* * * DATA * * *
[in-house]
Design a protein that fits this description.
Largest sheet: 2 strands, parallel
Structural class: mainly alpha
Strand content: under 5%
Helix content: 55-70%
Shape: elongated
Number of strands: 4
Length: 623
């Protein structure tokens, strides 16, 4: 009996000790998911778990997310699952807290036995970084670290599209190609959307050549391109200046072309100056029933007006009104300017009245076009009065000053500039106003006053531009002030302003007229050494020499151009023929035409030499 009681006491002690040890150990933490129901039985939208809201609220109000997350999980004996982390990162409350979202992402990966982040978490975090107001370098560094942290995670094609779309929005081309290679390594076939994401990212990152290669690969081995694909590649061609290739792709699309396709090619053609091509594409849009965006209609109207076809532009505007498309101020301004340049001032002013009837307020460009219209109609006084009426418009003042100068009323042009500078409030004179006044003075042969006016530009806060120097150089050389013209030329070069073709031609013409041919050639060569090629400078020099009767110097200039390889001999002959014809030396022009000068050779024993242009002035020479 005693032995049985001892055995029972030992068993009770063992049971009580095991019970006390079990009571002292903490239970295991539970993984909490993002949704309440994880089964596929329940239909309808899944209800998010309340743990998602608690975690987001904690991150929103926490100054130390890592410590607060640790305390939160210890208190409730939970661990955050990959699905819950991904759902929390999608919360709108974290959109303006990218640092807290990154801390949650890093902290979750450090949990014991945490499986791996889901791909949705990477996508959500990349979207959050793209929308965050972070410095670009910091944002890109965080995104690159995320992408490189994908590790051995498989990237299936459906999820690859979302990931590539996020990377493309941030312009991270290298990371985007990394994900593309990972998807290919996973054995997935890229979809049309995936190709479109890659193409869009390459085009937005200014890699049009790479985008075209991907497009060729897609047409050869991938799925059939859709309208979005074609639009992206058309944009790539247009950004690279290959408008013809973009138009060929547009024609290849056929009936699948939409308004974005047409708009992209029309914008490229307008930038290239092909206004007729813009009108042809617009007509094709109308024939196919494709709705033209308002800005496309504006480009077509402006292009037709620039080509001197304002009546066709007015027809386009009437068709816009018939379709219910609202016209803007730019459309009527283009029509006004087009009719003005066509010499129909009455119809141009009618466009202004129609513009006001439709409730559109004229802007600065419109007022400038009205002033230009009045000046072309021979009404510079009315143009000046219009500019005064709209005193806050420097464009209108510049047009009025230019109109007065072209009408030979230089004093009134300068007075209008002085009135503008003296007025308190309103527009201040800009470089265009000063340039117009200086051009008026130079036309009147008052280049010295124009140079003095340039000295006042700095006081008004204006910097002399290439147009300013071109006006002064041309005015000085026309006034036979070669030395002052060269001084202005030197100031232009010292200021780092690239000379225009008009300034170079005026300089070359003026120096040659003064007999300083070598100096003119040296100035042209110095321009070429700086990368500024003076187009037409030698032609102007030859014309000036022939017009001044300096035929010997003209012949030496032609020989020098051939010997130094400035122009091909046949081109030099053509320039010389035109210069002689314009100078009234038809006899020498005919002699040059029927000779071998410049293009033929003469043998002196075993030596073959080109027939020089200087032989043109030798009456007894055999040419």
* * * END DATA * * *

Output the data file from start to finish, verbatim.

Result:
[in-house]
Design a protein that fits this description.
Largest sheet: 2 strands, parallel
Structural class: mainly alpha
Strand content: under 5%
Helix content: 55-70%
Shape: elongated
Number of strands: 4
Length: 623
């Protein structure tokens, strides 16, 4: 009996000790998911778990997310699952807290036995970084670290599209190609959307050549391109200046072309100056029933007006009104300017009245076009009065000053500039106003006053531009002030302003007229050494020499151009023929035409030499 009681006491002690040890150990933490129901039985939208809201609220109000997350999980004996982390990162409350979202992402990966982040978490975090107001370098560094942290995670094609779309929005081309290679390594076939994401990212990152290669690969081995694909590649061609290739792709699309396709090619053609091509594409849009965006209609109207076809532009505007498309101020301004340049001032002013009837307020460009219209109609006084009426418009003042100068009323042009500078409030004179006044003075042969006016530009806060120097150089050389013209030329070069073709031609013409041919050639060569090629400078020099009767110097200039390889001999002959014809030396022009000068050779024993242009002035020479 005693032995049985001892055995029972030992068993009770063992049971009580095991019970006390079990009571002292903490239970295991539970993984909490993002949704309440994880089964596929329940239909309808899944209800998010309340743990998602608690975690987001904690991150929103926490100054130390890592410590607060640790305390939160210890208190409730939970661990955050990959699905819950991904759902929390999608919360709108974290959109303006990218640092807290990154801390949650890093902290979750450090949990014991945490499986791996889901791909949705990477996508959500990349979207959050793209929308965050972070410095670009910091944002890109965080995104690159995320992408490189994908590790051995498989990237299936459906999820690859979302990931590539996020990377493309941030312009991270290298990371985007990394994900593309990972998807290919996973054995997935890229979809049309995936190709479109890659193409869009390459085009937005200014890699049009790479985008075209991907497009060729897609047409050869991938799925059939859709309208979005074609639009992206058309944009790539247009950004690279290959408008013809973009138009060929547009024609290849056929009936699948939409308004974005047409708009992209029309914008490229307008930038290239092909206004007729813009009108042809617009007509094709109308024939196919494709709705033209308002800005496309504006480009077509402006292009037709620039080509001197304002009546066709007015027809386009009437068709816009018939379709219910609202016209803007730019459309009527283009029509006004087009009719003005066509010499129909009455119809141009009618466009202004129609513009006001439709409730559109004229802007600065419109007022400038009205002033230009009045000046072309021979009404510079009315143009000046219009500019005064709209005193806050420097464009209108510049047009009025230019109109007065072209009408030979230089004093009134300068007075209008002085009135503008003296007025308190309103527009201040800009470089265009000063340039117009200086051009008026130079036309009147008052280049010295124009140079003095340039000295006042700095006081008004204006910097002399290439147009300013071109006006002064041309005015000085026309006034036979070669030395002052060269001084202005030197100031232009010292200021780092690239000379225009008009300034170079005026300089070359003026120096040659003064007999300083070598100096003119040296100035042209110095321009070429700086990368500024003076187009037409030698032609102007030859014309000036022939017009001044300096035929010997003209012949030496032609020989020098051939010997130094400035122009091909046949081109030099053509320039010389035109210069002689314009100078009234038809006899020498005919002699040059029927000779071998410049293009033929003469043998002196075993030596073959080109027939020089200087032989043109030798009456007894055999040419």